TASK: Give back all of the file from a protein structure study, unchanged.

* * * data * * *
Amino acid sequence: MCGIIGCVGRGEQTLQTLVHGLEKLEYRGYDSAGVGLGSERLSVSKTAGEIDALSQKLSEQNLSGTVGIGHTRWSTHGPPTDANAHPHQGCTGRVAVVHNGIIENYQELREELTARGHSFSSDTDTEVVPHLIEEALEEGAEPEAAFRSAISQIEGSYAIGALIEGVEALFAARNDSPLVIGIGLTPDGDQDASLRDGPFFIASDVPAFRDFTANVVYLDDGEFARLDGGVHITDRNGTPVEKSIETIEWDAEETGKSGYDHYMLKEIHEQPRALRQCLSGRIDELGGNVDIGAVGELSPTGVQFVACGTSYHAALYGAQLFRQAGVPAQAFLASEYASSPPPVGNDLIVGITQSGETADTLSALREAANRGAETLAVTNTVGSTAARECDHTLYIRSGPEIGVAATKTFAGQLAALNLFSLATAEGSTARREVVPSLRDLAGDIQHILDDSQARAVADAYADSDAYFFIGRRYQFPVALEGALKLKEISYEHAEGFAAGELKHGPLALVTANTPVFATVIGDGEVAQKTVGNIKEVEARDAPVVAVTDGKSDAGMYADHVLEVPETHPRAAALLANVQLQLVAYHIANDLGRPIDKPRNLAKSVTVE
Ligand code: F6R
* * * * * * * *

Amino acid sequence: MCGIIGCVGRGEQTLQTLVHGLEKLEYRGYDSAGVGLGSERLSVSKTAGEIDALSQKLSEQNLSGTVGIGHTRWSTHGPPTDANAHPHQGCTGRVAVVHNGIIENYQELREELTARGHSFSSDTDTEVVPHLIEEALEEGAEPEAAFRSAISQIEGSYAIGALIEGVEALFAARNDSPLVIGIGLTPDGDQDASLRDGPFFIASDVPAFRDFTANVVYLDDGEFARLDGGVHITDRNGTPVEKSIETIEWDAEETGKSGYDHYMLKEIHEQPRALRQCLSGRIDELGGNVDIGAVGELSPTGVQFVACGTSYHAALYGAQLFRQAGVPAQAFLASEYASSPPPVGNDLIVGITQSGETADTLSALREAANRGAETLAVTNTVGSTAARECDHTLYIRSGPEIGVAATKTFAGQLAALNLFSLATAEGSTARREVVPSLRDLAGDIQHILDDSQARAVADAYADSDAYFFIGRRYQFPVALEGALKLKEISYEHAEGFAAGELKHGPLALVTANTPVFATVIGDGEVAQKTVGNIKEVEARDAPVVAVTDGKSDAGMYADHVLEVPETHPRAAALLANVQLQLVAYHIANDLGRPIDKPRNLAKSVTVE
Ligand code: F6R